Anonymous said...

Excellent article. I am tired of our bodies (PWD's) being used as "worst case scenario" symbols for educational purposes or as metaphors for "abstract concepts". - G
PS. I twittered this post, hope you don't mind.

Claire said...

Oy, Bill, what an awful ad...I wonder if there will be complaints?

Becs said...

Yes, it is offensive. Yet I tend to dismiss it because it's from Utah and they have a very different sense of things out there. This is not to lay it directly at the feet of the LDS, but the culture there is about fifty years behind the times.

I know it's no excuse, but consider the source.

And obviously no one out there has checked the Tilite or Colours or Quickie websites. That might change their ideas about cool new rides.

william Peace said...

Claire, The ad is almost four years old and has been in use since 2006. I am unaware of any complaints. Ads like this pop up all the time. This one was just worse than most. Nike had a similarly terrible campaign a few years ago they had to pull.
Georgina, I too am weary of being used as a classic example of all that can go wrong. Words hurt and images can be damaging. There is nothing abstract going on here. Twitter away!
Becs, Yes, the LDS is a major player in Utah and beyond. Yet this is a piss poor excuse for such demeaning language and imagery even if the state is behind the times. In addition, Utah and many of the states it borders are popular outdoor destinations. What do residents think when they encounter someone such as myself who visits and is an adaptive skier and kayaker? Am a human being or human tragedy? And finally yes the wheelchair depicted was akin to a Model T. This was used to highlight disability as a tragedy theme.

H said...

Seeing an ad like that just makes my heart sink.

Matthew Smith said...

There's also the issue that it associates wheelchair use with drunk driving, much as lung cancer is commonly associated with smoking when in fact someone can get lung cancer despite never having smoked in their life. People will see this and assume that the person they see in the wheelchair probably brought their disability on themselves.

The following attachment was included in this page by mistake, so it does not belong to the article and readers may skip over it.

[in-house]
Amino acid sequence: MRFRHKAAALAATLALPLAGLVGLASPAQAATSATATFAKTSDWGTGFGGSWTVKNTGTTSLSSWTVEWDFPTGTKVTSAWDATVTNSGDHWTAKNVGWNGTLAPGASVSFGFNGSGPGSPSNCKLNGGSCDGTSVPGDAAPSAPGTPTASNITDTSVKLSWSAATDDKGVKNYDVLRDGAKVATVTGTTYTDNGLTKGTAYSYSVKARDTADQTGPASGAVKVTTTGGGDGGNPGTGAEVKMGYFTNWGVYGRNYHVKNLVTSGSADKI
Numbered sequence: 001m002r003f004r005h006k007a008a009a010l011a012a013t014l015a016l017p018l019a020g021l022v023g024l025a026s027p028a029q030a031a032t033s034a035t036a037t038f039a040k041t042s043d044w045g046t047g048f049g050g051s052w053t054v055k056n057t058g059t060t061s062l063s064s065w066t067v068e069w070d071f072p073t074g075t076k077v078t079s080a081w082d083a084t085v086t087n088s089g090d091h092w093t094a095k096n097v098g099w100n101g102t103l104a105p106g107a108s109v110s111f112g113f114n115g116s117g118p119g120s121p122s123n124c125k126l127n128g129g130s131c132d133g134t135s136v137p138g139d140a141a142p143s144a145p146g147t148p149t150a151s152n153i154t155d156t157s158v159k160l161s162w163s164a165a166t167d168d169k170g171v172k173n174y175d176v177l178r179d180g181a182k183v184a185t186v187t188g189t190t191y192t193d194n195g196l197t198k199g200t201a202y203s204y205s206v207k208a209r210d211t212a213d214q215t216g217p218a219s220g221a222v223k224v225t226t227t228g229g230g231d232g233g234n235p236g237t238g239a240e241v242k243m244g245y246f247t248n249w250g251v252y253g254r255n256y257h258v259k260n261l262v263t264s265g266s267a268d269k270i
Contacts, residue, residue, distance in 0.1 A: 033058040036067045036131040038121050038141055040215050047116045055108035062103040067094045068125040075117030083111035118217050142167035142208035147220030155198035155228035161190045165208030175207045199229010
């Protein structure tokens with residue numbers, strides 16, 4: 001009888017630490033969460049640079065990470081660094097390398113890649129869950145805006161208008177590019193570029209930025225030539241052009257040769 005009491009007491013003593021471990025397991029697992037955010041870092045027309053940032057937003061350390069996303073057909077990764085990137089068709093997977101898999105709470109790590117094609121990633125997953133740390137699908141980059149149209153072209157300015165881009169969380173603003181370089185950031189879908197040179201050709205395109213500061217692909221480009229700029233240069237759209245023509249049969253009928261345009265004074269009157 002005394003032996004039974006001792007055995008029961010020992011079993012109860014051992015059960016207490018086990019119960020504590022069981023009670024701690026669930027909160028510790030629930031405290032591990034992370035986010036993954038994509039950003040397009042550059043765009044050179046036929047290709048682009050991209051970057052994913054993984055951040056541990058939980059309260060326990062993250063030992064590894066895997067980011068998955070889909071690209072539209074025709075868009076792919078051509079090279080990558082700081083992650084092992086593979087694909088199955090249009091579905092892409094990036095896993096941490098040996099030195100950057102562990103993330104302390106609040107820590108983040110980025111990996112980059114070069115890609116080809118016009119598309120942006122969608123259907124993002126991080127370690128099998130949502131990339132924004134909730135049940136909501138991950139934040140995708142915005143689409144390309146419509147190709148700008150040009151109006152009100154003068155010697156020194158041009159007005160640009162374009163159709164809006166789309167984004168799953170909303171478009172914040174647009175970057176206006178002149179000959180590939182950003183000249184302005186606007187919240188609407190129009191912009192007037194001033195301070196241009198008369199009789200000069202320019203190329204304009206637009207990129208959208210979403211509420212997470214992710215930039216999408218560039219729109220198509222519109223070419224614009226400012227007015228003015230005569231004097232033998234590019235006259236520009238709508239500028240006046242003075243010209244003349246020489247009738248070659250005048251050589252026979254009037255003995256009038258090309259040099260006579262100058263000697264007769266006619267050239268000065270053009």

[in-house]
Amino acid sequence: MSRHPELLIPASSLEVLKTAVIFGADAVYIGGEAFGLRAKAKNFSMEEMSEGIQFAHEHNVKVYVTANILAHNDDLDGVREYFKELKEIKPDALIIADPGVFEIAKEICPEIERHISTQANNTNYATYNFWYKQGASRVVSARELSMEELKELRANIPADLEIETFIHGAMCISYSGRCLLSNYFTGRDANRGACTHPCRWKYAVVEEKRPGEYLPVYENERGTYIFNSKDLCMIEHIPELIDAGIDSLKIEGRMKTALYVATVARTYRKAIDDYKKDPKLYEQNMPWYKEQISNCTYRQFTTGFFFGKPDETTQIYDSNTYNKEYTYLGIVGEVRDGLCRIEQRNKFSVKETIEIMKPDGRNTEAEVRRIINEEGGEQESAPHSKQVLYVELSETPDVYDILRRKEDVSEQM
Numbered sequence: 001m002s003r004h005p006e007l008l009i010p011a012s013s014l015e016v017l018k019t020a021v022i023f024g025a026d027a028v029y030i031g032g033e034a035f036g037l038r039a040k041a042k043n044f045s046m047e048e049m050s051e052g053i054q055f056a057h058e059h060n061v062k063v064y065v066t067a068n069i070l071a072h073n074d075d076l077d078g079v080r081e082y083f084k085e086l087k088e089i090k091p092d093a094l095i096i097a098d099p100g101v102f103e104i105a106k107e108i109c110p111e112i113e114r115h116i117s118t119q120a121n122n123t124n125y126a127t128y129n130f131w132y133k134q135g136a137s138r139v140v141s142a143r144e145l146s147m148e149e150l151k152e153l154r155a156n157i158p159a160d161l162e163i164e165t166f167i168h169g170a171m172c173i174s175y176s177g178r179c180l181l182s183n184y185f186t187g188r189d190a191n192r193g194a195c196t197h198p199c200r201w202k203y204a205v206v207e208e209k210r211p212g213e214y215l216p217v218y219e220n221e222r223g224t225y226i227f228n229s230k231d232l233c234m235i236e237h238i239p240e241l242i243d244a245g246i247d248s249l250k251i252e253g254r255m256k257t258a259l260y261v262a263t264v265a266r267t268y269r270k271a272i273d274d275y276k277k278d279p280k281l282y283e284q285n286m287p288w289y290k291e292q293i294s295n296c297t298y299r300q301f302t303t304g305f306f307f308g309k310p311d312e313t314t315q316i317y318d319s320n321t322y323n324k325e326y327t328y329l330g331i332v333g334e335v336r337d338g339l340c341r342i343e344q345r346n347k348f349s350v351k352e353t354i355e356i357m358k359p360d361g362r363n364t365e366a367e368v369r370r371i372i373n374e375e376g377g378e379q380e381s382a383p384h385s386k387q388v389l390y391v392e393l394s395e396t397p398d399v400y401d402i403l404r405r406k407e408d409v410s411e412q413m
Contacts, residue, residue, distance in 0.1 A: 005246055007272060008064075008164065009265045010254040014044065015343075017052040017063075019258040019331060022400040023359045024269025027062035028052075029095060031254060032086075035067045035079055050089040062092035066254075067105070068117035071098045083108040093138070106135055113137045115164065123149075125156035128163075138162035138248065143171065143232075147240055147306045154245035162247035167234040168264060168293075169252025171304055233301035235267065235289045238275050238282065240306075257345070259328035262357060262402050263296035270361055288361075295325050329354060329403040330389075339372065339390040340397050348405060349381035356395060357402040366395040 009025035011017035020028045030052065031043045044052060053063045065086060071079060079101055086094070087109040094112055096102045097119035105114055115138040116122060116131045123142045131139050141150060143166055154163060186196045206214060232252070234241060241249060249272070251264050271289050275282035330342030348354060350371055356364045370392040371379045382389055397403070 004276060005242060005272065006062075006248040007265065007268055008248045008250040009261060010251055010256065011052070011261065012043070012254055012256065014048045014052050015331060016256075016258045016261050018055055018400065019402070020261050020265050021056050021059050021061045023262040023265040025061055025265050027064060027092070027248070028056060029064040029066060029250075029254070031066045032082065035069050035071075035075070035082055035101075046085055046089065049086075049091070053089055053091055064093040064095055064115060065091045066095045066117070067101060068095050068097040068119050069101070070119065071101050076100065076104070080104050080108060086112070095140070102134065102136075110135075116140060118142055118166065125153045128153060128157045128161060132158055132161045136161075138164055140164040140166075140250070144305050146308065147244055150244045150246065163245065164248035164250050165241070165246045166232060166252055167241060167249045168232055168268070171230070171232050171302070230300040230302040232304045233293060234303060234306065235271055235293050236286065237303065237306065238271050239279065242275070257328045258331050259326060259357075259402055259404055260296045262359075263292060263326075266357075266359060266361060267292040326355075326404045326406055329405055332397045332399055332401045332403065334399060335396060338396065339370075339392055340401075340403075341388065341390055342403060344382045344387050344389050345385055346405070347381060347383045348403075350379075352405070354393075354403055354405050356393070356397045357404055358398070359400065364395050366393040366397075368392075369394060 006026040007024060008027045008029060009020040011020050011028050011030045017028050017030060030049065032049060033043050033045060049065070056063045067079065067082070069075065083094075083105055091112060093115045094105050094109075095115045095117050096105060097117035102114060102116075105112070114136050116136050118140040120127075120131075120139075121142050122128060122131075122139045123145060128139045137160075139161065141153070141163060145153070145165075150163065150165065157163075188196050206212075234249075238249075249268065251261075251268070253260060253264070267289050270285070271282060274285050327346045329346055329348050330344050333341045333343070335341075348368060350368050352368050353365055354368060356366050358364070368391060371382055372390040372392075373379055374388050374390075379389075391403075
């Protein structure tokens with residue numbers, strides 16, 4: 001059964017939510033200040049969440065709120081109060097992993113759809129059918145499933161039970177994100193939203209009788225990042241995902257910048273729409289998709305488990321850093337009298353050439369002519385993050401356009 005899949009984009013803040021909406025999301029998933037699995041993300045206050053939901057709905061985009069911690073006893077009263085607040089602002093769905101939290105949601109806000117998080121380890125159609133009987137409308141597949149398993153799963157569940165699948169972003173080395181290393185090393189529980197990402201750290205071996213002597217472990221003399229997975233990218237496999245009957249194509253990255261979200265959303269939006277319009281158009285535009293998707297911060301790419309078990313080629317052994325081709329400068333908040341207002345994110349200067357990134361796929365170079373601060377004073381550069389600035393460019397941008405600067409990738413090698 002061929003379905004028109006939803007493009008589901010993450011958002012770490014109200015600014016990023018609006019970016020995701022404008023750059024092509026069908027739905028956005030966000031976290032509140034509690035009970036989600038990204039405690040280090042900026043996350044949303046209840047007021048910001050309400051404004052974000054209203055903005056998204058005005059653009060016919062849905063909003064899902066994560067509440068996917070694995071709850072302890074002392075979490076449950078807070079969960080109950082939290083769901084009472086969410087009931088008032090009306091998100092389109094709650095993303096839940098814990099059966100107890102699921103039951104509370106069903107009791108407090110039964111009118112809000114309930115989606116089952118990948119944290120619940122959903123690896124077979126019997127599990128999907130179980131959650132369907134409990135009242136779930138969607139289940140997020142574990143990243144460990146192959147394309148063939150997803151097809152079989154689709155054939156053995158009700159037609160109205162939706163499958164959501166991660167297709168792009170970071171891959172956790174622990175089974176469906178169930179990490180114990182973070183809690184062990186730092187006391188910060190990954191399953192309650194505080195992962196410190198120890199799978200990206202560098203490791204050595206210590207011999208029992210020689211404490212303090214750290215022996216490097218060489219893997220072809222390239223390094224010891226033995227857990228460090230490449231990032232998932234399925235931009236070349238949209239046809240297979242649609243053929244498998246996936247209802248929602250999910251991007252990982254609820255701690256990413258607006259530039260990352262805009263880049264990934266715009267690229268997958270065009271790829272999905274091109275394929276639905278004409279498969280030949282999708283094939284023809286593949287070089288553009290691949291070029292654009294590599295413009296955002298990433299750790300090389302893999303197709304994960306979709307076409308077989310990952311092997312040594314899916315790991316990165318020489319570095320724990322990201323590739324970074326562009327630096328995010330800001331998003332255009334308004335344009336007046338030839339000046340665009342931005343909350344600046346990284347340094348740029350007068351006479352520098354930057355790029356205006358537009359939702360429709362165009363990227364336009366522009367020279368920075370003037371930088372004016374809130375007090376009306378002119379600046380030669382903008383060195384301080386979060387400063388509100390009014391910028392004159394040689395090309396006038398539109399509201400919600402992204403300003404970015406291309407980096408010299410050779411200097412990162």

FridaWrites said...

Doesn't do much to counter the pity model or prevent hate crimes against the "uncool."

I will be using a $20K wheelchair. So very sad. I think I'll go cry now. Or maybe because of the copay.

But really not because it's so sad. Because of the freedom.

william Peace said...

Matthew, Your point is well taken. When people find out I was paralyzed by a rare neurological condition rather than an accident of some sort they often appear disappointed. It is as though my story does not mesh with what they think they know.

Frida, A wheelchair that costs that much is both sad and wonderful. Sad because many that need it could never afford the expense. It is wonderful because it is a liberating adaptive device. I also hasten to point out no one gets rich in the wheelchair business since the monopoly E&J enjoyed for decades was broken up.

Matthew Smith said...

Actually, I didn't realise your paralysis was caused that way. What was it, transverse myelitis? That is how my friend Kim ended up as a quad.

william Peace said...

Matthew, I had something called hydromyelia. In the 1970s there was little to be done aside from surgery, steroids, and repeated spinal taps. For ten years I went through the medical mill. Except for the pain this was a positive experience for me as I grew up much faster than an average person.

Laura(southernxyl) said...

Matthew's right, I know because I've noticed that people want to find a reason why someone else is in a position they don't want to be in. If that person is at fault somehow, then you can tell yourself that YOU would never smoke, drive drunk, etc., and therefore that will never happen to you. The idea that stuff happens contradicts the illusion we would like to have, that we control our lives. It's scary to face that sometimes.

Having your kid drive is also scary. I think sometimes the best thing that can happen is that, early on, the kid have some kind of mild fender-bender. You think you're being careful and paying attention, but you don't know what that really means until you're bopping along one day with the radio blasting and you pull out in front of somebody. My daughter's first and so far only wreck (knock wood) totalled the car and was so distressing to her that she couldn't drive again for years. I'm very grateful no one was hurt; I think she'd never have driven again, ever, if anyone had been.

william Peace said...

Laura, When it comes to disability people love a good story--the more tragic the story the better it is. Thus people want to hear about gruesome car accidents, horrible accidents, shootings, etc. Given the reality that disability is ordinary, common, and random is exactly what people do not want to think about.